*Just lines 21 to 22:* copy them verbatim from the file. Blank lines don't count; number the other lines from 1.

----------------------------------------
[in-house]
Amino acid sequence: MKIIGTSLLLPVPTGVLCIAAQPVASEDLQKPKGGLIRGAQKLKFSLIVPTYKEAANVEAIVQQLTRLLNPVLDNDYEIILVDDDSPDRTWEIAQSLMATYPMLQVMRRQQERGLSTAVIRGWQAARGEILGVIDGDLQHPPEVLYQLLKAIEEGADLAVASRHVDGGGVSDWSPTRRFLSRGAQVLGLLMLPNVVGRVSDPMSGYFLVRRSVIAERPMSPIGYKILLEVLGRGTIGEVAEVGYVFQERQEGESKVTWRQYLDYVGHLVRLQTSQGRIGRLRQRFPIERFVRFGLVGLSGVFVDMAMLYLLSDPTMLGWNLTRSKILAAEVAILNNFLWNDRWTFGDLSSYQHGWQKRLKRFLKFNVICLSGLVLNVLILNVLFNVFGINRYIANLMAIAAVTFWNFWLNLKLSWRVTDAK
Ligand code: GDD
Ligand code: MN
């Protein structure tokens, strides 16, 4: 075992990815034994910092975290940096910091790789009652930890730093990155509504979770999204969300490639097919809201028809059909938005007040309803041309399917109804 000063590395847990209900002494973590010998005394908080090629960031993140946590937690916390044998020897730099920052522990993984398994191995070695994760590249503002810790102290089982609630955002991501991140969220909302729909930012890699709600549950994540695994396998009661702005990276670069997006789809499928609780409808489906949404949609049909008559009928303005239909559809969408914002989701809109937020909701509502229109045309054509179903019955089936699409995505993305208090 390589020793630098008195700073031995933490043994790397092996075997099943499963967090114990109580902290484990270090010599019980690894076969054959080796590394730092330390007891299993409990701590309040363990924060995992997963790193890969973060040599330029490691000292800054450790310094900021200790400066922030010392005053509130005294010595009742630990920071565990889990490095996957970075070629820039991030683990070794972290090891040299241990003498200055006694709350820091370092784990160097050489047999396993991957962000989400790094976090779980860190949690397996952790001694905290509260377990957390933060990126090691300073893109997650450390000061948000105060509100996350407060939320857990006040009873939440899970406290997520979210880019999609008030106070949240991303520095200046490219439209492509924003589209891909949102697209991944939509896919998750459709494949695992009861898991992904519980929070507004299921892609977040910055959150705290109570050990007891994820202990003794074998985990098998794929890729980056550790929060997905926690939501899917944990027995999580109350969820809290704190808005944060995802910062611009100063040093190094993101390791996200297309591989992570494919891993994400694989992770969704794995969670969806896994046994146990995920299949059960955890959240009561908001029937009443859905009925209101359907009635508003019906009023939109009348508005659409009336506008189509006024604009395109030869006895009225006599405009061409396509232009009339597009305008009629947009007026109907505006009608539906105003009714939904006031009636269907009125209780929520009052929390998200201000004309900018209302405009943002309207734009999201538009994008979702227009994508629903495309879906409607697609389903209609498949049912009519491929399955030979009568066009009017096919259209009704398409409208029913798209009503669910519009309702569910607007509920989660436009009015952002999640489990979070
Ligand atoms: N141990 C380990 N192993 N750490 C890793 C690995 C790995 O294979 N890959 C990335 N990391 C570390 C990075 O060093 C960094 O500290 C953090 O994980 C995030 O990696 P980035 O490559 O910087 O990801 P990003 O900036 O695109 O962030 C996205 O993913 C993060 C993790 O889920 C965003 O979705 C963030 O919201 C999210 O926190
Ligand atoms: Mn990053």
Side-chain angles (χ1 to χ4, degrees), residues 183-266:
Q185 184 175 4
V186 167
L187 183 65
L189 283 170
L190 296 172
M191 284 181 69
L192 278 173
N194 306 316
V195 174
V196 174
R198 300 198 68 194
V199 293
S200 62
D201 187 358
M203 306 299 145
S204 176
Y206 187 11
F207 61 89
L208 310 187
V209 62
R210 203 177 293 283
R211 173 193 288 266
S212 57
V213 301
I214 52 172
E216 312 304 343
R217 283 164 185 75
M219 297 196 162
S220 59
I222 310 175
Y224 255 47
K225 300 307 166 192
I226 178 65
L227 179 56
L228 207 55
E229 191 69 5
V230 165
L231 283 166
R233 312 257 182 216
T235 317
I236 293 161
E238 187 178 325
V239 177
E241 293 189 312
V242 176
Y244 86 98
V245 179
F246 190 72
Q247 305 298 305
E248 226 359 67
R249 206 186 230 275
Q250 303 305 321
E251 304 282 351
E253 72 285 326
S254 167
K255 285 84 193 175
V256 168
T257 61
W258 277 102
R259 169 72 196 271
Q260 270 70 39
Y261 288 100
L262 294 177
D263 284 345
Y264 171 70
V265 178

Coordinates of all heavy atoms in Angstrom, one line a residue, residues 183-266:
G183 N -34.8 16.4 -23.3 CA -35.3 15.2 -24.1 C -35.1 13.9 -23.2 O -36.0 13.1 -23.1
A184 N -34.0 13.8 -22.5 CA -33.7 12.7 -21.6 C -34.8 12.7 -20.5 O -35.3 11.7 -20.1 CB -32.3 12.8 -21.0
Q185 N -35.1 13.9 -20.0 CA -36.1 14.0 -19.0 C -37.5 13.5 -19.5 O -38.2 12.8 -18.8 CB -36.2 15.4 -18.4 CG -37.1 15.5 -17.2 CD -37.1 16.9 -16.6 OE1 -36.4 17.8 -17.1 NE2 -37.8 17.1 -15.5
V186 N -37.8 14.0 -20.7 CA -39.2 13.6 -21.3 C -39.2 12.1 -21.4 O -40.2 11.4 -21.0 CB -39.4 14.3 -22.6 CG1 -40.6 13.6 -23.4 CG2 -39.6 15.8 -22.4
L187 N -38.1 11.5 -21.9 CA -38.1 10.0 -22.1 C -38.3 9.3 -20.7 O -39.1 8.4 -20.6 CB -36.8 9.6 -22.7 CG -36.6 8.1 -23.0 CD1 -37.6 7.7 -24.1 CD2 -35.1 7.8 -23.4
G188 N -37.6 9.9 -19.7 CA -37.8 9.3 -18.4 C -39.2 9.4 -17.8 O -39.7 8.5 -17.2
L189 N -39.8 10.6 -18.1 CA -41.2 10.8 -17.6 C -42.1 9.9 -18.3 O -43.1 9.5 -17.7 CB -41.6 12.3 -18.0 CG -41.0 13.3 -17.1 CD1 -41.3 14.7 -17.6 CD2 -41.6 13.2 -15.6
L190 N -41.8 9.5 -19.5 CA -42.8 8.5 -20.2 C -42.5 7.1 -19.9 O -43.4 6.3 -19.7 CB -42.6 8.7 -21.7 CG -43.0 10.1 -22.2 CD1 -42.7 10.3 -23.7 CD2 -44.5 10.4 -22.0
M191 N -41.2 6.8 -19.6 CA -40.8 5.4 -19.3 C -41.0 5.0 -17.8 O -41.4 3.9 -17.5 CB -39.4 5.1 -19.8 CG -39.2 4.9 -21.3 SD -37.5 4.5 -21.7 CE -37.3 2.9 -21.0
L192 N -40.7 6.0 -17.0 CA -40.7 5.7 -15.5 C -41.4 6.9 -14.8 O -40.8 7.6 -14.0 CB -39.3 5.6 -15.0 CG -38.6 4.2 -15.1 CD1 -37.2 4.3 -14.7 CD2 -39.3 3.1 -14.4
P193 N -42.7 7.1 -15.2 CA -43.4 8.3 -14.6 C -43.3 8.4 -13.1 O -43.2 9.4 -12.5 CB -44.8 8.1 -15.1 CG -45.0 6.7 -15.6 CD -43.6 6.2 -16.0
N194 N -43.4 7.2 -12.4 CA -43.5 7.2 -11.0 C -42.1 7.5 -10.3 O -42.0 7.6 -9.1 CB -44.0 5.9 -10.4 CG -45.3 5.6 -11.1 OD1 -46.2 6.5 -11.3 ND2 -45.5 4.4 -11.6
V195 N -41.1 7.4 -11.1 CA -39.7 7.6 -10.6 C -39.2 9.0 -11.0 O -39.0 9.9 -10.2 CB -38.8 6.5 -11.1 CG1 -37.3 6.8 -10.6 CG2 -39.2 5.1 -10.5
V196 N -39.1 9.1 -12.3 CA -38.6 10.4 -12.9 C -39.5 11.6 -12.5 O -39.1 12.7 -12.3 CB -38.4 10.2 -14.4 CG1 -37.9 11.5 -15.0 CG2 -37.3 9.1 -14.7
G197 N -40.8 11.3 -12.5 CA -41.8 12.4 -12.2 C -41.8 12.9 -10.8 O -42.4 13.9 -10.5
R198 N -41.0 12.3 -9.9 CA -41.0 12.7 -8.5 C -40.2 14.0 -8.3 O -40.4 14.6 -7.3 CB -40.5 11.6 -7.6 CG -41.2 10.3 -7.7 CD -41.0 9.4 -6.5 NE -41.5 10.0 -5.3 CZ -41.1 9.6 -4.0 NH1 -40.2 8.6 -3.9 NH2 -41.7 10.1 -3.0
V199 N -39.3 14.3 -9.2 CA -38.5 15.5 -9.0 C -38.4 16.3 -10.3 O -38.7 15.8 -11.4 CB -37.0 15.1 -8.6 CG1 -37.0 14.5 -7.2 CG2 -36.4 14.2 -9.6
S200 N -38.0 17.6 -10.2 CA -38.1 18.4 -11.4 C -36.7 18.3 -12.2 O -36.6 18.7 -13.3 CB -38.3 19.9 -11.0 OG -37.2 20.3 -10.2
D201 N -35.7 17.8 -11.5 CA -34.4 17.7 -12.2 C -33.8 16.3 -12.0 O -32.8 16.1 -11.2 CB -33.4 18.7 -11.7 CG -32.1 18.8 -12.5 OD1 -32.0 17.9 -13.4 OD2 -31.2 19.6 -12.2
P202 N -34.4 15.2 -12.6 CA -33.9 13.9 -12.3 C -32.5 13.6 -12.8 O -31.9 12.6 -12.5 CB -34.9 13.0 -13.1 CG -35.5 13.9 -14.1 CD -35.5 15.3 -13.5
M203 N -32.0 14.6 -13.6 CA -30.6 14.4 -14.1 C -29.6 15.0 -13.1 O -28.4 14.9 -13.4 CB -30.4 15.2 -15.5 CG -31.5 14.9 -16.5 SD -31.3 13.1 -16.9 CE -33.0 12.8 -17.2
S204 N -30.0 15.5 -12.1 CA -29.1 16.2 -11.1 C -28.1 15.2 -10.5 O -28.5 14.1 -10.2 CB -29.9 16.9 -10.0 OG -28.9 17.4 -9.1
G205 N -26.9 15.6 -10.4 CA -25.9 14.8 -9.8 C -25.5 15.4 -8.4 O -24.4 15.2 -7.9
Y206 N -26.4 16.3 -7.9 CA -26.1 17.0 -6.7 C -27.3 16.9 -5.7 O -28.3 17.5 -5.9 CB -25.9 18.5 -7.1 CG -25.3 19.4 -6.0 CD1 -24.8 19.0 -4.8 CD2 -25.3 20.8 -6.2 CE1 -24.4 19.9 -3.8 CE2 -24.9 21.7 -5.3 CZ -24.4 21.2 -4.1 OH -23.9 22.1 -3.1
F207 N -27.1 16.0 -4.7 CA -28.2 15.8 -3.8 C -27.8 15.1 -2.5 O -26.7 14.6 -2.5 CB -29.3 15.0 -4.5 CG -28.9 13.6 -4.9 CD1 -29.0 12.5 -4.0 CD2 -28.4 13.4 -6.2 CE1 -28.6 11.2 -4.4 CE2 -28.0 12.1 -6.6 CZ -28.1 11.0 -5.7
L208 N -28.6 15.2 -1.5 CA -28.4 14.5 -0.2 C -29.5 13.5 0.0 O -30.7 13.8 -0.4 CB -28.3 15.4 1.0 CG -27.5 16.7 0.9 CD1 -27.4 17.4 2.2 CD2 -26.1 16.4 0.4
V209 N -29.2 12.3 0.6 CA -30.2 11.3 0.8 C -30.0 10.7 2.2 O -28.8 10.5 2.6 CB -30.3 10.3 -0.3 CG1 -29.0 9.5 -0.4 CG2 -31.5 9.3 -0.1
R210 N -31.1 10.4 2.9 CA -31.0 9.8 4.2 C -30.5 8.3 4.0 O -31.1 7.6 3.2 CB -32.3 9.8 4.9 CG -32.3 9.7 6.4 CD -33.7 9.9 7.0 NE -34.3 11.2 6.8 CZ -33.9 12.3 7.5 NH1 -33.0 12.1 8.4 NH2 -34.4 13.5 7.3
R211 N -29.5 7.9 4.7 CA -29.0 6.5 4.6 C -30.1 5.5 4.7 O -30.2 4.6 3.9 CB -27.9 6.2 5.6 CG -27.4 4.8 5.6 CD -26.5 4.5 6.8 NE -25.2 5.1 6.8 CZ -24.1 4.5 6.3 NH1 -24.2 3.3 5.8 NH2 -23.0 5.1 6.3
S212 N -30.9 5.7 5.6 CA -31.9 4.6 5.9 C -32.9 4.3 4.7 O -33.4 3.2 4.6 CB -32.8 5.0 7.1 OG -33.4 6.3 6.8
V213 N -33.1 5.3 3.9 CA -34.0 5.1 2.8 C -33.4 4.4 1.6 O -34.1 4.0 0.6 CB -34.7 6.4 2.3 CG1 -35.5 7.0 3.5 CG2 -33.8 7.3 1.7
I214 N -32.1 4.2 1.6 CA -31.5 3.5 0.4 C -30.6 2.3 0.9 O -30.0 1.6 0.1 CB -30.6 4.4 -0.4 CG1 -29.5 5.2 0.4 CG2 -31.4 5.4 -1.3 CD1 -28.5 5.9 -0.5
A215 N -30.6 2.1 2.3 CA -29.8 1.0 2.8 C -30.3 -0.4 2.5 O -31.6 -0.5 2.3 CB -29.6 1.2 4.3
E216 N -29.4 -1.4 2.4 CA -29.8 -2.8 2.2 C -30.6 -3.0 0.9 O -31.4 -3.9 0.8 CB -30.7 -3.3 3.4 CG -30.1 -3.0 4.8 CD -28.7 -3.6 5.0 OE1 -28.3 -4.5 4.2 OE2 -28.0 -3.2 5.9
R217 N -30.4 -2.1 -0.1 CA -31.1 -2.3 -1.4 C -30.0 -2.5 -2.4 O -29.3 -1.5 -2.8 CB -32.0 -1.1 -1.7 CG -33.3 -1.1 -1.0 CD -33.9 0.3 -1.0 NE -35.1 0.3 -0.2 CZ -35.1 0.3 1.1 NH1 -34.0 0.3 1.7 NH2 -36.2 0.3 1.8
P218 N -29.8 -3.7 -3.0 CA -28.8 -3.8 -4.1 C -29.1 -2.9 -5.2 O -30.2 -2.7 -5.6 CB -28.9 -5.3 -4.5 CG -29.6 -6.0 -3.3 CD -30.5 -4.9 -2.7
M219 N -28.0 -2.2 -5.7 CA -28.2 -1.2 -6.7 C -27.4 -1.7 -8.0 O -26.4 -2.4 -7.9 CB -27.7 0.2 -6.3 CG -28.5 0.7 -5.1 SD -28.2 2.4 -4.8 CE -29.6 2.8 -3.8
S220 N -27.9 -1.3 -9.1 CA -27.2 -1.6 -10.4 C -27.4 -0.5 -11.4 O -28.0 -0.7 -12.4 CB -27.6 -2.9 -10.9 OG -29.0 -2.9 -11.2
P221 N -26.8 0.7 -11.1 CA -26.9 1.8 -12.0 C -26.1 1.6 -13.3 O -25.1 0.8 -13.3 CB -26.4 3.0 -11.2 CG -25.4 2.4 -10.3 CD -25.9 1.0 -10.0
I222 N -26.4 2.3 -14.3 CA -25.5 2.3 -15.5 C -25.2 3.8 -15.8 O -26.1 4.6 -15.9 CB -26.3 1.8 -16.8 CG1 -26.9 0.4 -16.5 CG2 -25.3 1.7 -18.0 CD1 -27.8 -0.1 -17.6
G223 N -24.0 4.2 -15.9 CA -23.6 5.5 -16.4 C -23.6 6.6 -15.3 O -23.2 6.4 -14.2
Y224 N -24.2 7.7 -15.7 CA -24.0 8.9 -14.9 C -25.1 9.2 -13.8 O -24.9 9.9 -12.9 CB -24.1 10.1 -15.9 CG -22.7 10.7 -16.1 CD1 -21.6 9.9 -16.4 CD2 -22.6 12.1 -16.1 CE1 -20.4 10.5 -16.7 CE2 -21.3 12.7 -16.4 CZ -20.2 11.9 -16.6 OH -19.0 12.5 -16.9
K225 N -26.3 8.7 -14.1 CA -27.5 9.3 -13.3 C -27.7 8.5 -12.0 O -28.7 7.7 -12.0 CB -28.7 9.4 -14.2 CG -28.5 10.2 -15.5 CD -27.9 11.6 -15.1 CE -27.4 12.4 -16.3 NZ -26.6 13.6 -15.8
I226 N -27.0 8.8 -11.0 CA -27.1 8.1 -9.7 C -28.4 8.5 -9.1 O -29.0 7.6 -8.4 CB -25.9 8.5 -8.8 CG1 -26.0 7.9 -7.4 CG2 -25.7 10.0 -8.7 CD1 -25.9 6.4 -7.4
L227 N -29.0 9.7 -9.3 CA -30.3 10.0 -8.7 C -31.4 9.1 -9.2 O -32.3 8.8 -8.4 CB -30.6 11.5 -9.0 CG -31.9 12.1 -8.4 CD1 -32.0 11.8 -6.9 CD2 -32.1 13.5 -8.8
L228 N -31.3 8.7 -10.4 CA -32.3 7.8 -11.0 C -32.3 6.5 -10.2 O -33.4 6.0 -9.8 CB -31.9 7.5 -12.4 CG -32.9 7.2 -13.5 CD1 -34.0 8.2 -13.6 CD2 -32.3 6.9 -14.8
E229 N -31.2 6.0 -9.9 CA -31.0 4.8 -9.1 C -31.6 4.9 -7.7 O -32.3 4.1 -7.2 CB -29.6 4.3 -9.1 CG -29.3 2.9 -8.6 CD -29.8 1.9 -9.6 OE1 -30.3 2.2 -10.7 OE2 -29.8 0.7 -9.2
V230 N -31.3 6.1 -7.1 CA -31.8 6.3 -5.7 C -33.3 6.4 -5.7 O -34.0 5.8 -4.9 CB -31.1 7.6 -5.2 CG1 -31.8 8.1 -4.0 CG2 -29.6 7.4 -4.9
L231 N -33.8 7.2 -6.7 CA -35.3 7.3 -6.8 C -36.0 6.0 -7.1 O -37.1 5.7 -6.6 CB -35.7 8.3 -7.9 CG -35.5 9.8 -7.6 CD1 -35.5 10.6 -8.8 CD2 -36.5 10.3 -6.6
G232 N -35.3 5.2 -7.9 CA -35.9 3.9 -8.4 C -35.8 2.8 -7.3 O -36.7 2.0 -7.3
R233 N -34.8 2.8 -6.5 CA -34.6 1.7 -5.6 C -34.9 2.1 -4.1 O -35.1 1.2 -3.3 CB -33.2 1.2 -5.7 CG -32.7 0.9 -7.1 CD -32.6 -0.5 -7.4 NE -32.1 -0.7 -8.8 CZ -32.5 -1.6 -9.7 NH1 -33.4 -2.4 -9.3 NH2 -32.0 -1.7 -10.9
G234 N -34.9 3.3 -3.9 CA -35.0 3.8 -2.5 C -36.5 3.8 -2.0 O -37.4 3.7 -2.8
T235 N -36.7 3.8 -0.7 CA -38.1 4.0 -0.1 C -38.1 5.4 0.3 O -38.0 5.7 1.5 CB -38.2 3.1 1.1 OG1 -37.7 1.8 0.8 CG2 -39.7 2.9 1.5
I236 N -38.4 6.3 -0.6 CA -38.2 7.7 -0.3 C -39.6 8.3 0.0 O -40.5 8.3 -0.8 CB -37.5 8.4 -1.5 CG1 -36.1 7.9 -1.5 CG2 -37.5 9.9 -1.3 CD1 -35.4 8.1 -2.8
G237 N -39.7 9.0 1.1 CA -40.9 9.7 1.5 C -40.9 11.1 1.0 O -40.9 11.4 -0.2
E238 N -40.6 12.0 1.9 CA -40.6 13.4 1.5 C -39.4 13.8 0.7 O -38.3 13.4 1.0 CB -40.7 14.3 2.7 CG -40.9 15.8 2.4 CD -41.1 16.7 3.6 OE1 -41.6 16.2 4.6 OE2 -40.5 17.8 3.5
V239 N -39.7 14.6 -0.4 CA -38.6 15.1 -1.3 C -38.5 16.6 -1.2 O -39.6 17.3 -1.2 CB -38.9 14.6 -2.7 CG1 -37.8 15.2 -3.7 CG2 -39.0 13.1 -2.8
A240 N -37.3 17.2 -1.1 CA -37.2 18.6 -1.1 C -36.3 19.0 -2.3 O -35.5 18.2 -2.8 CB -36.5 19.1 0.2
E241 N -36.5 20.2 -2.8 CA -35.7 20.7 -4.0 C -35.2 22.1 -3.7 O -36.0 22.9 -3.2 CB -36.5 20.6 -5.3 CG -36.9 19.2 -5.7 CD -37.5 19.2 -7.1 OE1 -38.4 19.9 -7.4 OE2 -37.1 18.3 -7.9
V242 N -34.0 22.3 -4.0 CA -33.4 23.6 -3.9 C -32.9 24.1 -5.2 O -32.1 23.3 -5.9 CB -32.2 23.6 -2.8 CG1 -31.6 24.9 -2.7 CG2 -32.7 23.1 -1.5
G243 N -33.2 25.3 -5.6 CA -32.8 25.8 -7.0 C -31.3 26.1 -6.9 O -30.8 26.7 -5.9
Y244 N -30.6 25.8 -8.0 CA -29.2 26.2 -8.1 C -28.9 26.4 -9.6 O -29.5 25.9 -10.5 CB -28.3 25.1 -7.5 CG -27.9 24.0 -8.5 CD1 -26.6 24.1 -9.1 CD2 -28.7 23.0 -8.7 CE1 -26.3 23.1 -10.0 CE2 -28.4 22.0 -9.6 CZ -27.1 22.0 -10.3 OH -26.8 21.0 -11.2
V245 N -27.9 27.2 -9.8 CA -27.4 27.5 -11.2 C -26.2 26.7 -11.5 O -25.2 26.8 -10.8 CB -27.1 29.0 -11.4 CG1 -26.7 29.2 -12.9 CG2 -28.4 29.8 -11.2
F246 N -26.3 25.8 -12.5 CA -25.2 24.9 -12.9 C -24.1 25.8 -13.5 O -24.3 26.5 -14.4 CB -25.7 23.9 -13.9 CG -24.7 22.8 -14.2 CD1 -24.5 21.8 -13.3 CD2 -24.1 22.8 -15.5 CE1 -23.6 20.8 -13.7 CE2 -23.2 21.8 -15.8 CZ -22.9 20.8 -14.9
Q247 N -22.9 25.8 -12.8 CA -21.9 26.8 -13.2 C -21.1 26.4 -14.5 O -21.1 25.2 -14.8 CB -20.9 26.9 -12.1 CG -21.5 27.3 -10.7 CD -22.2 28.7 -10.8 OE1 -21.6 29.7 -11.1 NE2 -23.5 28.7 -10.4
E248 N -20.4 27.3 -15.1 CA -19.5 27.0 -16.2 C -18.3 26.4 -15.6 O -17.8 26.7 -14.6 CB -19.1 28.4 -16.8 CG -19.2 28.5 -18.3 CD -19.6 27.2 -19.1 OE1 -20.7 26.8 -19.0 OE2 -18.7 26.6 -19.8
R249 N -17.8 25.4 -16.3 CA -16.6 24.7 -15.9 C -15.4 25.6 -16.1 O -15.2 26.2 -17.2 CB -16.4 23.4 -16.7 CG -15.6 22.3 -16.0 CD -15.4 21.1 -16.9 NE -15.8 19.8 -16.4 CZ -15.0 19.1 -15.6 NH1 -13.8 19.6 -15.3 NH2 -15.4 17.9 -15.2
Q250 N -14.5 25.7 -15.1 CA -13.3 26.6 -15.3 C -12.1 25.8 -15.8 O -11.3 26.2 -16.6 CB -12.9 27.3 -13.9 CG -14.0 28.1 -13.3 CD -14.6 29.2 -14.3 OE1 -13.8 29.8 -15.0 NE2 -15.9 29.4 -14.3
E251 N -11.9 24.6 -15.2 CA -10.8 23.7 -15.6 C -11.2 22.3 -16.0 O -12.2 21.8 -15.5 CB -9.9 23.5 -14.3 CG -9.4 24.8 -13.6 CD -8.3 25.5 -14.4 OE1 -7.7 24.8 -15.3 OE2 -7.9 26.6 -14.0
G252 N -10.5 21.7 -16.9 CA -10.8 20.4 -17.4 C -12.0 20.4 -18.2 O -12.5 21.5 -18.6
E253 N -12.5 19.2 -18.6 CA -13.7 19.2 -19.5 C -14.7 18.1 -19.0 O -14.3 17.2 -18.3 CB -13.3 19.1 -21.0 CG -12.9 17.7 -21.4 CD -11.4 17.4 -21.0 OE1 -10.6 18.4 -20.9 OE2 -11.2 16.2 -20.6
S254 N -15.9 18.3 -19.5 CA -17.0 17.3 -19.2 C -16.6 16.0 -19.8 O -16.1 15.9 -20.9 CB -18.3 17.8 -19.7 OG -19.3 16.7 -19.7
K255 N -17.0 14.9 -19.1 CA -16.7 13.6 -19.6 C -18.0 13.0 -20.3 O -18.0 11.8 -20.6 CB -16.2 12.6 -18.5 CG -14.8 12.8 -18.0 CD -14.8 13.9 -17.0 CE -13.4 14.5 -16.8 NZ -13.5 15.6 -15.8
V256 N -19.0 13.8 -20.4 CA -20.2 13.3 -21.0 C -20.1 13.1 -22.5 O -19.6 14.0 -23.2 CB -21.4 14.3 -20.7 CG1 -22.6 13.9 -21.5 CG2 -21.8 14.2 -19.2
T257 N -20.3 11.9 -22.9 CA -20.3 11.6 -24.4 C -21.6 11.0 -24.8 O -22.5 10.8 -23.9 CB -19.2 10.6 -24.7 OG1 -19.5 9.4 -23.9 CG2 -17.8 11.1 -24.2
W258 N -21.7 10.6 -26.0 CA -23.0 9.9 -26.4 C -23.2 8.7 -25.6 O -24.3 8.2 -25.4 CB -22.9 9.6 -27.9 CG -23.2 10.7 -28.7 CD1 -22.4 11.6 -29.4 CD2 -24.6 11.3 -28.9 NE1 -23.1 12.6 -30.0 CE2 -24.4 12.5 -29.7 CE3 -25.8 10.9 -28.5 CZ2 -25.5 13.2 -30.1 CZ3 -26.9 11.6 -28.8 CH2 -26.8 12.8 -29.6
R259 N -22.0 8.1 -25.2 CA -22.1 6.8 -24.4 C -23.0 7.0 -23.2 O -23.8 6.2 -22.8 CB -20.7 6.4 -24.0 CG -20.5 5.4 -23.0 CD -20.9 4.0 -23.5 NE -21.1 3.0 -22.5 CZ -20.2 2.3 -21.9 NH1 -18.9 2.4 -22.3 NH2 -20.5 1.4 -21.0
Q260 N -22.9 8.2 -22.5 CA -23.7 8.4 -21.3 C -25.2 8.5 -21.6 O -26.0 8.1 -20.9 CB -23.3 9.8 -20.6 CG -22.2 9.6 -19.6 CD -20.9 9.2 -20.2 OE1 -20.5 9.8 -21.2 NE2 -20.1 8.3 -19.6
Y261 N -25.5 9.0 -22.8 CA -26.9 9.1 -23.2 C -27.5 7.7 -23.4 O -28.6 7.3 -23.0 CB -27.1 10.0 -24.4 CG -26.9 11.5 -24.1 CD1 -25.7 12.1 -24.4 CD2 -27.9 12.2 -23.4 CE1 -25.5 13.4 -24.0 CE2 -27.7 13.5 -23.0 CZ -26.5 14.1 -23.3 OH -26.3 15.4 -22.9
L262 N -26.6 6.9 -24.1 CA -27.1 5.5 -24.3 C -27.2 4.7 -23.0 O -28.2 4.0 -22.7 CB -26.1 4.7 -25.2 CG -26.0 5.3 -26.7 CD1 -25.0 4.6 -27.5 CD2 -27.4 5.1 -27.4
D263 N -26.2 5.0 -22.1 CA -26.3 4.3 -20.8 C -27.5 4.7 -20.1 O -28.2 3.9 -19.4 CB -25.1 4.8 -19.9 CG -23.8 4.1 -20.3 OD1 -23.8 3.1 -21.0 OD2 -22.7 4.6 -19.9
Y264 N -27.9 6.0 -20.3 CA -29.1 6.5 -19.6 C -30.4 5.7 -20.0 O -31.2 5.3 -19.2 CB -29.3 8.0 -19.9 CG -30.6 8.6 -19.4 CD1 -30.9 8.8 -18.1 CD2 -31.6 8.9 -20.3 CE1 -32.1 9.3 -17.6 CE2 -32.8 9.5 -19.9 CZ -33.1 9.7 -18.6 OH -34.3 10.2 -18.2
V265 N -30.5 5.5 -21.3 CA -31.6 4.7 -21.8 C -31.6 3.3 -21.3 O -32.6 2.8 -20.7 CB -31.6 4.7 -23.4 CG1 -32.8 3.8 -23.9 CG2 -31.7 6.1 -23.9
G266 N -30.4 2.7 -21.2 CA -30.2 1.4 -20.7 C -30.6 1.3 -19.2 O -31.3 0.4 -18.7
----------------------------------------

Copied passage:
S200 62
D201 187 358